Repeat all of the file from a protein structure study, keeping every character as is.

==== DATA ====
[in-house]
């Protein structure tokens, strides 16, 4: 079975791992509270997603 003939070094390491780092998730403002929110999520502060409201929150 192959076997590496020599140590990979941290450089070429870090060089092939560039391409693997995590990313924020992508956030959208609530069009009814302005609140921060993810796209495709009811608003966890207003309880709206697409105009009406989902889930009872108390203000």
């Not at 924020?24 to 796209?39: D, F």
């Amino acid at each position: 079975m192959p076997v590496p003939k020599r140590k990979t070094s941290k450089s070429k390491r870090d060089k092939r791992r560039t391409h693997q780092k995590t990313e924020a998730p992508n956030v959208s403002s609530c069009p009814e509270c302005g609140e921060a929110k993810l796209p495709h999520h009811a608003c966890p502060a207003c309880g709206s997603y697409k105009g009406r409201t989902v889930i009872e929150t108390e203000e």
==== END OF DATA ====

[in-house]
């Protein structure tokens, strides 16, 4: 079975791992509270997603 003939070094390491780092998730403002929110999520502060409201929150 192959076997590496020599140590990979941290450089070429870090060089092939560039391409693997995590990313924020992508956030959208609530069009009814302005609140921060993810796209495709009811608003966890207003309880709206697409105009009406989902889930009872108390203000």
């Not at 924020?24 to 796209?39: D, F």
């Amino acid at each position: 079975m192959p076997v590496p003939k020599r140590k990979t070094s941290k450089s070429k390491r870090d060089k092939r791992r560039t391409h693997q780092k995590t990313e924020a998730p992508n956030v959208s403002s609530c069009p009814e509270c302005g609140e921060a929110k993810l796209p495709h999520h009811a608003c966890p502060a207003c309880g709206s997603y697409k105009g009406r409201t989902v889930i009872e929150t108390e203000e």